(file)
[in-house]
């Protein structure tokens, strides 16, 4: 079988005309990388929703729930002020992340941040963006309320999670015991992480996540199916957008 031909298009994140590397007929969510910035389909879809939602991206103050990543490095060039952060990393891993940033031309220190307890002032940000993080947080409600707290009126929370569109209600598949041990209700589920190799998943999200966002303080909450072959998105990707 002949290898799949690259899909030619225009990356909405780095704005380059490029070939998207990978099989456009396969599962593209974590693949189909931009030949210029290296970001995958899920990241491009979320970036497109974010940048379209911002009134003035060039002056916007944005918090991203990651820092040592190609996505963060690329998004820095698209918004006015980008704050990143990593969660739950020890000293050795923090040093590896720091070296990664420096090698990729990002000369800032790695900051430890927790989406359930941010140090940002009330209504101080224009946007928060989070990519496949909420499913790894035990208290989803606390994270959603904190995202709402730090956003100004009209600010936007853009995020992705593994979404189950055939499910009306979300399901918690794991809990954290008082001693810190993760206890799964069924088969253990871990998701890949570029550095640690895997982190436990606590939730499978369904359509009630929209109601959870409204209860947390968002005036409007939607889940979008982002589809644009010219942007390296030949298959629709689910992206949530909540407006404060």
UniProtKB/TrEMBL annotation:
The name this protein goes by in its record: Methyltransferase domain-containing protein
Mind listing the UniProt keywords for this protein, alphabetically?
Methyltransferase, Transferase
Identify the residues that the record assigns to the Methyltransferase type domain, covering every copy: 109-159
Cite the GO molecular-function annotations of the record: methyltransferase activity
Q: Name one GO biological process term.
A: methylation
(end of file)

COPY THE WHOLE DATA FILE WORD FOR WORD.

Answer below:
[in-house]
């Protein structure tokens, strides 16, 4: 079988005309990388929703729930002020992340941040963006309320999670015991992480996540199916957008 031909298009994140590397007929969510910035389909879809939602991206103050990543490095060039952060990393891993940033031309220190307890002032940000993080947080409600707290009126929370569109209600598949041990209700589920190799998943999200966002303080909450072959998105990707 002949290898799949690259899909030619225009990356909405780095704005380059490029070939998207990978099989456009396969599962593209974590693949189909931009030949210029290296970001995958899920990241491009979320970036497109974010940048379209911002009134003035060039002056916007944005918090991203990651820092040592190609996505963060690329998004820095698209918004006015980008704050990143990593969660739950020890000293050795923090040093590896720091070296990664420096090698990729990002000369800032790695900051430890927790989406359930941010140090940002009330209504101080224009946007928060989070990519496949909420499913790894035990208290989803606390994270959603904190995202709402730090956003100004009209600010936007853009995020992705593994979404189950055939499910009306979300399901918690794991809990954290008082001693810190993760206890799964069924088969253990871990998701890949570029550095640690895997982190436990606590939730499978369904359509009630929209109601959870409204209860947390968002005036409007939607889940979008982002589809644009010219942007390296030949298959629709689910992206949530909540407006404060």
UniProtKB/TrEMBL annotation:
The name this protein goes by in its record: Methyltransferase domain-containing protein
Mind listing the UniProt keywords for this protein, alphabetically?
Methyltransferase, Transferase
Identify the residues that the record assigns to the Methyltransferase type domain, covering every copy: 109-159
Cite the GO molecular-function annotations of the record: methyltransferase activity
Q: Name one GO biological process term.
A: methylation